How would you describe your personal style? I do make an effort not to stick to one style, but I guess in someway it’s one’s own identity, and you’ll never shake that aspect. I try to make each piece relevant to the moment. In my experience, I’ve learned that style constantly develops and is relative to many factors including time, space, and the content you’re working on. This is just like us as people, in that it involves a transformative process. With that said, my personal style is, and may always be, in progress. I think it’s much more helpful for viewers to describe their impressions of mine or anyone’s style in that they see it with a unique perspective.
Are there any themes or concepts you’re exploring in your art? Yeah, I’m working on an ongoing series that I’m very excited about. The body of work studies questions and ideas of classification and identity. I am intrigued by visual and social catalogues and their relativity to one’s own experience and learned perspective. I have observed this in so many aspects of day-to-day living, as I’m sure everyone else has in their own way. For example, here in the U.S., I am legally considered “Hispanic,” in Mexico, I am an “American,” and to some folks, I’ve been considered Middle-Eastern, European, and even part Asian! Visually, the perception of one’s identity, or how we identify with a given sight, changes from one perspective to another. There are countless ethnicities, cultures, genres, styles, chemicals, and elements that have meshed together throughout world history, so fusion literally drives the universe. This has inspired me to paint study portraits of dissected faces using visual ingredients and cues, similar to a land map and all its imposed borders.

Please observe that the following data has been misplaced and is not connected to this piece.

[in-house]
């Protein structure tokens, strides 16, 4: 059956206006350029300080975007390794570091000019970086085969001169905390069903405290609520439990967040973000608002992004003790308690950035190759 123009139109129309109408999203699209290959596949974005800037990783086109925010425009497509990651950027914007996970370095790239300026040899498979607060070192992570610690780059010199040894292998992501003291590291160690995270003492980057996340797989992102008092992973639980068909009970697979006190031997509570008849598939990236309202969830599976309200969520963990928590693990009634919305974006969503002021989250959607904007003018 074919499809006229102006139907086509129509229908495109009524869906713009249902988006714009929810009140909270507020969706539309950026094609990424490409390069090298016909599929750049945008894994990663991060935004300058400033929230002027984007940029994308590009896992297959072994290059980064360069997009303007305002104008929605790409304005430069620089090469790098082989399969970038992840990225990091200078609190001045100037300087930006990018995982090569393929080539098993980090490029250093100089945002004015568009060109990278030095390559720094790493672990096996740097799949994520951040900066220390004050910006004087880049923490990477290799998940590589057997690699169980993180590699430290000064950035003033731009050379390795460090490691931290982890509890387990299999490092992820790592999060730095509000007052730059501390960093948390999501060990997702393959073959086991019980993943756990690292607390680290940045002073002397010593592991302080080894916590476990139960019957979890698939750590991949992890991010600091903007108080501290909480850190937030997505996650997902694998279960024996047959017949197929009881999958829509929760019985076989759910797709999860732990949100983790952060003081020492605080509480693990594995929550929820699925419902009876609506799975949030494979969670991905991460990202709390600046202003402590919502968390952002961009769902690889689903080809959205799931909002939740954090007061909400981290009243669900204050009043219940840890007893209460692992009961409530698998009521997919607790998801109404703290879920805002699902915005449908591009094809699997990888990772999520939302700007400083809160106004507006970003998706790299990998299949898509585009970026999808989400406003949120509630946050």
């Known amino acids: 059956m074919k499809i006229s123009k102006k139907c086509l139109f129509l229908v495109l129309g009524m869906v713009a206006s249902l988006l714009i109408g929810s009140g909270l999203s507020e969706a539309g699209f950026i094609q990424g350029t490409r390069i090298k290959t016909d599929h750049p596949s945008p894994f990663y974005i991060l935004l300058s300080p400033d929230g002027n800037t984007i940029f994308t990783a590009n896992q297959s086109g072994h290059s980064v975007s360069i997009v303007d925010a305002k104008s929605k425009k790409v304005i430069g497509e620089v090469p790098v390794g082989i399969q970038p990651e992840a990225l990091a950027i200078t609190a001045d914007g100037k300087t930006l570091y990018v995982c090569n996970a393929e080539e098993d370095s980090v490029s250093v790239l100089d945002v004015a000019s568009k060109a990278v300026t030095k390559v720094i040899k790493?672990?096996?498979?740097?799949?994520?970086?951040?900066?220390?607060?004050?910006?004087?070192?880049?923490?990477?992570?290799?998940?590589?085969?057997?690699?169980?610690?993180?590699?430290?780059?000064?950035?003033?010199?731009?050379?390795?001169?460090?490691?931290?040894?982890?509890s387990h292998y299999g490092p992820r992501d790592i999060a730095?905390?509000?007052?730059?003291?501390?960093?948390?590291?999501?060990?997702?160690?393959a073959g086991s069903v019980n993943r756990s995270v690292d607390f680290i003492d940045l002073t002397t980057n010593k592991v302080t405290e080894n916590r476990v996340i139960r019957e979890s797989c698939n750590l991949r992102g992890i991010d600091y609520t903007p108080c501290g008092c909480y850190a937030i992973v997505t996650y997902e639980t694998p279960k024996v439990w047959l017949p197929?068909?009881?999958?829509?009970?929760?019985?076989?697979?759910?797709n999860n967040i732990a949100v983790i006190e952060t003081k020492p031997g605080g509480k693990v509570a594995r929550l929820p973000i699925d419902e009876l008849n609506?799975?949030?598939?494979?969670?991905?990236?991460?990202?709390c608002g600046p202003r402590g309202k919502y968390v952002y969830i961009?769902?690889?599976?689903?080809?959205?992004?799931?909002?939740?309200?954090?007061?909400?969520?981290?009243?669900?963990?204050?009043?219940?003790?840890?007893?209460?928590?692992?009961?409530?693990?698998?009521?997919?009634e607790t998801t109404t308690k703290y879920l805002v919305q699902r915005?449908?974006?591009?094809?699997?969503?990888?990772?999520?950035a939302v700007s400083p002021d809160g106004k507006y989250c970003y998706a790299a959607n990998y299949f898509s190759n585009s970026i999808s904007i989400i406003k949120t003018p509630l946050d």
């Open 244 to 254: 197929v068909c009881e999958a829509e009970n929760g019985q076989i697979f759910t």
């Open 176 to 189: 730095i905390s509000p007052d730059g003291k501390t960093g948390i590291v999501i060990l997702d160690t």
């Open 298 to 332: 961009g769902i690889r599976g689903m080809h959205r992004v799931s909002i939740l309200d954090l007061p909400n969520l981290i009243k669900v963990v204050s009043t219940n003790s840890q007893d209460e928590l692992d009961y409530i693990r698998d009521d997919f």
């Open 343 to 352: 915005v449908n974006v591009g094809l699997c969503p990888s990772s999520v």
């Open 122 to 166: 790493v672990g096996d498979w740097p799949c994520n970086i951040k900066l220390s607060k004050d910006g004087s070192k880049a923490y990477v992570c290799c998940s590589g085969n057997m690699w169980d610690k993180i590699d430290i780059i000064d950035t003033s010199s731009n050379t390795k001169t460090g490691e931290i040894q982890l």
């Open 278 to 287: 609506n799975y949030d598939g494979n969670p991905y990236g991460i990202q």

What are some of the major highlights in your work/portfolio so far? Major highlights in my work for me are the most current paintings that I’m working on. That’s my personal opinion, but viewers may think other projects are more highlight-worthy. Again, it’s all about perspective.